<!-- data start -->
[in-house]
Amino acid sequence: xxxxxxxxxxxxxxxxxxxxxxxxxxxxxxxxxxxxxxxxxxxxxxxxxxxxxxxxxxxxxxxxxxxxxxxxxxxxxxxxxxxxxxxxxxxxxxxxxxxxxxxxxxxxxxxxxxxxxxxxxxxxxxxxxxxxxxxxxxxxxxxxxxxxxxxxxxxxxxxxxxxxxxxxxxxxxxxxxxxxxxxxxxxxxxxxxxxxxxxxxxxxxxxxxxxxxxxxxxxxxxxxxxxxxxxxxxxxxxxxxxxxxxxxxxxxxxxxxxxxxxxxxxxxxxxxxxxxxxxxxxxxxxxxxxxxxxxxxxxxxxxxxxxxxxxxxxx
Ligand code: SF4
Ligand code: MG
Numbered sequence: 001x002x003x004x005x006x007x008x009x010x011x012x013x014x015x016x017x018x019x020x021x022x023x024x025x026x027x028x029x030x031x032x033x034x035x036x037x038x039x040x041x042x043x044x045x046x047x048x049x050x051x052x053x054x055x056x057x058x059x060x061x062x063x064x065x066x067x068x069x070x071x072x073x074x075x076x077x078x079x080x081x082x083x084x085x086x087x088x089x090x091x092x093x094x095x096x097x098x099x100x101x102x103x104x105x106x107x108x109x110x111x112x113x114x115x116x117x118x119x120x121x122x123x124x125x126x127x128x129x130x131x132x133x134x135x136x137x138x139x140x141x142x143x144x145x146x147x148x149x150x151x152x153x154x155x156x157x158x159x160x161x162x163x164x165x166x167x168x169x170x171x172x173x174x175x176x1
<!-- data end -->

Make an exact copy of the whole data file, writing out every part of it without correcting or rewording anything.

[in-house]
Amino acid sequence: xxxxxxxxxxxxxxxxxxxxxxxxxxxxxxxxxxxxxxxxxxxxxxxxxxxxxxxxxxxxxxxxxxxxxxxxxxxxxxxxxxxxxxxxxxxxxxxxxxxxxxxxxxxxxxxxxxxxxxxxxxxxxxxxxxxxxxxxxxxxxxxxxxxxxxxxxxxxxxxxxxxxxxxxxxxxxxxxxxxxxxxxxxxxxxxxxxxxxxxxxxxxxxxxxxxxxxxxxxxxxxxxxxxxxxxxxxxxxxxxxxxxxxxxxxxxxxxxxxxxxxxxxxxxxxxxxxxxxxxxxxxxxxxxxxxxxxxxxxxxxxxxxxxxxxxxxxx
Ligand code: SF4
Ligand code: MG
Numbered sequence: 001x002x003x004x005x006x007x008x009x010x011x012x013x014x015x016x017x018x019x020x021x022x023x024x025x026x027x028x029x030x031x032x033x034x035x036x037x038x039x040x041x042x043x044x045x046x047x048x049x050x051x052x053x054x055x056x057x058x059x060x061x062x063x064x065x066x067x068x069x070x071x072x073x074x075x076x077x078x079x080x081x082x083x084x085x086x087x088x089x090x091x092x093x094x095x096x097x098x099x100x101x102x103x104x105x106x107x108x109x110x111x112x113x114x115x116x117x118x119x120x121x122x123x124x125x126x127x128x129x130x131x132x133x134x135x136x137x138x139x140x141x142x143x144x145x146x147x148x149x150x151x152x153x154x155x156x157x158x159x160x161x162x163x164x165x166x167x168x169x170x171x172x173x174x175x176x1